The topic of love is somewhat of a specialty for Björk. Whether she’s singing about intimacy on “Cocoon” or self-love on “Army of Me”, Björk manages to describe love in ways that elevate her music above the average pop tune. For her new LP Utopia, she continues her exploration of the topic, contemplating new love in a digital age.
This new love does not only relate to people, however; Björk also uses Utopia to explore a newfound appreciation for flutes. The instrument is at the heart of almost every track on the album, breathing a lively but airy quality into her music. It’s also where Björk’s ear for harmony shines best; on tracks like “Utopia”, the counterpoint between flutes creates beautiful sonorities for her ever-agile voice to sing atop of.
Despite being a new addition to her primary toolkit, the novelty of the flute does not entirely hold. While its persistent use gives the album a unique character, it at times comprises the integrity of the individual tracks. Those tracks that overly rely upon the flute, like “Paradisia”, while often beautiful, do not contain enough unique characteristics to distinguish themselves from the rest of the album. Seamless transitions between tracks often conflate this issue, blurring the line between one song ending and the other beginning.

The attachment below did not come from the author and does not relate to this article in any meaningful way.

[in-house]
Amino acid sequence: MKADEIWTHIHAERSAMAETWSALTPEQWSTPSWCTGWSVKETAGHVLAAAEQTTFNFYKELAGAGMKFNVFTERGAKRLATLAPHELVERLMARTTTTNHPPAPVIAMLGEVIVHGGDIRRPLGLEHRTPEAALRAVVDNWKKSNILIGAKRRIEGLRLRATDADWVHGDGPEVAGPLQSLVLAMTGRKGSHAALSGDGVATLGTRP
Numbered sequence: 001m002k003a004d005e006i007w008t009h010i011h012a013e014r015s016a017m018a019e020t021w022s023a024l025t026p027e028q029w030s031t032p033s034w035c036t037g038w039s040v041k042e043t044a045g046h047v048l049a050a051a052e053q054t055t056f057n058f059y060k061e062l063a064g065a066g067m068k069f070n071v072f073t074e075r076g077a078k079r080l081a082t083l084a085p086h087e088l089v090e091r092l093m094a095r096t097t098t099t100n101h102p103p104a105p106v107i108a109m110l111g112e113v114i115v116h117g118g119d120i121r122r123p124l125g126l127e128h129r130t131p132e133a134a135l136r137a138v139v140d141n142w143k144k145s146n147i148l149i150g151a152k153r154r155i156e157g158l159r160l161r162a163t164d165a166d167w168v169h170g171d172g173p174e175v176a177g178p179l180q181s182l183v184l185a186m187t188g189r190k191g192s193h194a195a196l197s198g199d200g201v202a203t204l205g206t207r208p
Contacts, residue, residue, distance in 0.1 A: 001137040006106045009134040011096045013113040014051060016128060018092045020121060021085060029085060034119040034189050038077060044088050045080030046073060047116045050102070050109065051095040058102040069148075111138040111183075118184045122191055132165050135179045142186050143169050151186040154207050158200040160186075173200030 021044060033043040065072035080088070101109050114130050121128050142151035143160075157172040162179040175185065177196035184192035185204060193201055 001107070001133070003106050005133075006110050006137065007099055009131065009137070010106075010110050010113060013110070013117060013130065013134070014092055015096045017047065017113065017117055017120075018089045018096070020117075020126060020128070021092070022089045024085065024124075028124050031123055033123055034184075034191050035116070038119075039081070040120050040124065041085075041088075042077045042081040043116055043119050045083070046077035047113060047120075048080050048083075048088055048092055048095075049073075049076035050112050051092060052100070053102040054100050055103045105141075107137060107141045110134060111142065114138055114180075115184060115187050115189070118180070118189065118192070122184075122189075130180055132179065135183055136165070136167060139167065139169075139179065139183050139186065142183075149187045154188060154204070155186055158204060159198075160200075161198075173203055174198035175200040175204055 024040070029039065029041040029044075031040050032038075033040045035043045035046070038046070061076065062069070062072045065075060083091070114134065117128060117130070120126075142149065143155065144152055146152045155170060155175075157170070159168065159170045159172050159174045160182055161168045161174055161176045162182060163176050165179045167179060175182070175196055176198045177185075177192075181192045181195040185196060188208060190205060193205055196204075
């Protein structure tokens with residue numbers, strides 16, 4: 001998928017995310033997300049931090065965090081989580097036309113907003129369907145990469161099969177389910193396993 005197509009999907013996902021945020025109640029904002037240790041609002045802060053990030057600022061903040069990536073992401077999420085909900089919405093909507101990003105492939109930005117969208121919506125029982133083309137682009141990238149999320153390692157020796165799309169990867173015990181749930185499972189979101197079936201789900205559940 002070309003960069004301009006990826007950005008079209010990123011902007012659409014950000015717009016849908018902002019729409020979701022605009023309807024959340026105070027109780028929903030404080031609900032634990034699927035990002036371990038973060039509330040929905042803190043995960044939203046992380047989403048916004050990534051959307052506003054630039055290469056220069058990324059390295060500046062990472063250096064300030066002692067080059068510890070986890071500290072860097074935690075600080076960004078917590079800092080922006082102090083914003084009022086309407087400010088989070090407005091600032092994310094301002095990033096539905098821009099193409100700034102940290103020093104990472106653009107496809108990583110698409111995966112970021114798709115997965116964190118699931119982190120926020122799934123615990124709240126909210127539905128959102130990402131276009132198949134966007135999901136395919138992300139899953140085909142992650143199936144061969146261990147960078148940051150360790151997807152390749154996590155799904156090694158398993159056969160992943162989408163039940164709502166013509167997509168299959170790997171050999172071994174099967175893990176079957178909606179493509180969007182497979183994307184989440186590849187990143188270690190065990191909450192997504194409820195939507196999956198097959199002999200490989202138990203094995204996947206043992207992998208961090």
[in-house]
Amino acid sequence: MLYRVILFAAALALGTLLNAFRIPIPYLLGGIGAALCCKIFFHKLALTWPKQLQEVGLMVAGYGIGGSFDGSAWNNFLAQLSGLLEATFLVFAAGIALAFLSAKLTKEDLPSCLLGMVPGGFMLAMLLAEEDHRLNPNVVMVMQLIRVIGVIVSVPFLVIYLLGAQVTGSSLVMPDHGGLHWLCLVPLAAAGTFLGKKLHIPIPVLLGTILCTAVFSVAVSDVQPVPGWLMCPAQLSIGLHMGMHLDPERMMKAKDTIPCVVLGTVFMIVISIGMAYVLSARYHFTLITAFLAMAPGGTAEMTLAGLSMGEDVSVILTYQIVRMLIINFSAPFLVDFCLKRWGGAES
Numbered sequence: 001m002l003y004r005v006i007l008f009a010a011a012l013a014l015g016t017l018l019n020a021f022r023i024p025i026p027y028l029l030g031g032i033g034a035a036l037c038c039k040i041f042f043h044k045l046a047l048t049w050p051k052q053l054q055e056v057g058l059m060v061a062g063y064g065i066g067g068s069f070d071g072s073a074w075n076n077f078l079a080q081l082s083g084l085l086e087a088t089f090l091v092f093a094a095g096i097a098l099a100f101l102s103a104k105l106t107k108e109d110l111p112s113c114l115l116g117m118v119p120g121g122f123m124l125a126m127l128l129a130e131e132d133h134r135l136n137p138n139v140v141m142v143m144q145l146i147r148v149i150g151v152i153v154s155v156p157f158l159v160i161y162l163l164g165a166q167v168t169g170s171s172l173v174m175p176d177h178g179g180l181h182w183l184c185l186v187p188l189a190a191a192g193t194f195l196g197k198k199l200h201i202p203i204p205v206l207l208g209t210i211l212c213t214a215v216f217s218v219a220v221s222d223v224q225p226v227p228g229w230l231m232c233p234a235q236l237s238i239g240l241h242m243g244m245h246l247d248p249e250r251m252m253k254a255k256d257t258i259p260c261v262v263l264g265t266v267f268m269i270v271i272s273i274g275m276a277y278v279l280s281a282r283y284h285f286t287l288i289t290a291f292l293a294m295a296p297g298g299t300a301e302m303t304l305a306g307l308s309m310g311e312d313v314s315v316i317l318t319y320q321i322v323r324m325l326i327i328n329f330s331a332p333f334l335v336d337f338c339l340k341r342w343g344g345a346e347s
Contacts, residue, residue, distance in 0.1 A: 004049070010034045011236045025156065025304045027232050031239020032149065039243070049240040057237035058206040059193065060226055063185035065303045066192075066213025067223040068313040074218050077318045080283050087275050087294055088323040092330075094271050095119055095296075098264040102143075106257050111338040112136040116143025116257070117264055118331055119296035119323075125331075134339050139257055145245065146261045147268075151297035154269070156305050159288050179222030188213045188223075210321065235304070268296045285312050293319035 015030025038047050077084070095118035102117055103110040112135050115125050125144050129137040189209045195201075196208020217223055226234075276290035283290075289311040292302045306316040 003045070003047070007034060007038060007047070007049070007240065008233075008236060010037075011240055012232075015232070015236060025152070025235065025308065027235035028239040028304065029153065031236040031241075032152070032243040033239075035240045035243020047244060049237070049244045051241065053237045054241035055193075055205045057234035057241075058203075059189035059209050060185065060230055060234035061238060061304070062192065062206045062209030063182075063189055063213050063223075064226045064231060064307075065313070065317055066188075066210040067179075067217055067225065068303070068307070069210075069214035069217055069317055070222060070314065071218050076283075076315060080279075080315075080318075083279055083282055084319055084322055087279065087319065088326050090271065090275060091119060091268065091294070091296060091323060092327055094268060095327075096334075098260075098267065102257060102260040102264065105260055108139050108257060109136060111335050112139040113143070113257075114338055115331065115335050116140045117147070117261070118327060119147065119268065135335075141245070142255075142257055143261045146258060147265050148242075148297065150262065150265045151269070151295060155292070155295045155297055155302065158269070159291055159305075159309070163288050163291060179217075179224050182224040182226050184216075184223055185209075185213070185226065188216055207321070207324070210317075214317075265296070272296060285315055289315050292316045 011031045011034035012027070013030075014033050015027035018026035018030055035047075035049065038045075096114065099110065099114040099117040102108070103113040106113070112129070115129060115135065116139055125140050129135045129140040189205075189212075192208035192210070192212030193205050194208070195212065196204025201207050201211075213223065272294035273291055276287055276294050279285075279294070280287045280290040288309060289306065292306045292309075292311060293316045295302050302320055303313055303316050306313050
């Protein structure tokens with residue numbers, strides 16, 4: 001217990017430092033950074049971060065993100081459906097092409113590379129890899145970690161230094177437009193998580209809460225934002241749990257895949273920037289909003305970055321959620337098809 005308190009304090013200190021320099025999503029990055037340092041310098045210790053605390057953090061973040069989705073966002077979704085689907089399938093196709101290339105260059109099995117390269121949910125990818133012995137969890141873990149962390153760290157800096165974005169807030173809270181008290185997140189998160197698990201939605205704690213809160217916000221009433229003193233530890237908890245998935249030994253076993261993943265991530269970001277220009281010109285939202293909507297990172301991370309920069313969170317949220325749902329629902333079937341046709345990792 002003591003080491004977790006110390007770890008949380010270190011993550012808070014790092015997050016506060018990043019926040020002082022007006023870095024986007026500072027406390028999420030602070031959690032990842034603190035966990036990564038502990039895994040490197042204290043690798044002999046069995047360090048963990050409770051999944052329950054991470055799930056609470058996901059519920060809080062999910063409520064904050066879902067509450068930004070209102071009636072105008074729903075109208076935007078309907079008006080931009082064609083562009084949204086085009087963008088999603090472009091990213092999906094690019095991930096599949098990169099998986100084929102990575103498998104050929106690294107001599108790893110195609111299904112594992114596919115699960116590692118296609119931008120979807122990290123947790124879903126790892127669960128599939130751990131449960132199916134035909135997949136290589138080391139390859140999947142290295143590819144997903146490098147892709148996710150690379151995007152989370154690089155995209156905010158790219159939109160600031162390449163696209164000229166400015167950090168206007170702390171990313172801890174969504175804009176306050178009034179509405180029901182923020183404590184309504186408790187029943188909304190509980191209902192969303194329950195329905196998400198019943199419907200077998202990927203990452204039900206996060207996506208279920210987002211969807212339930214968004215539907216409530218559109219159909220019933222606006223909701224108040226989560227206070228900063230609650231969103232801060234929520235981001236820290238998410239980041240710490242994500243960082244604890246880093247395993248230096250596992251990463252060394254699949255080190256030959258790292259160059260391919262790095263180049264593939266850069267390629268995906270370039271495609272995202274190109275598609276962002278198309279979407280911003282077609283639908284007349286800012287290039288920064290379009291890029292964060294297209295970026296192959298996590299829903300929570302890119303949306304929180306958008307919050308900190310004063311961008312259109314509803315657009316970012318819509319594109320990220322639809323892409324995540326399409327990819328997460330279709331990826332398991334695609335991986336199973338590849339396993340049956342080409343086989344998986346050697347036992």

The tracks that do stand out typically rely upon more than just the flute, which is where Arca’s contributions come into play. Having previously worked with Björk on Vulnicura, Arca’s influence on Utopia does not have the same novelty it did on her previous LP, but his work still provides for Björk a vehicle to explore her musical interests in fascinating ways. On “The Gate”, sections of flute are put side-by-side with dazzling but minimalist electronic soundscapes. “Losss”, in comparison, joins the two, building in intensity as electronic percussion distorts and implodes upon itself.
While neither of these tracks cover particularly new ground for Björk, they prove to be enchanting none the less, which shouldn’t be a surprise. As a whole, Utopia is not her most compelling or innovative album, but it’s another deft demonstration of her ability to communicate the topic of love in ways most artists can only dream of.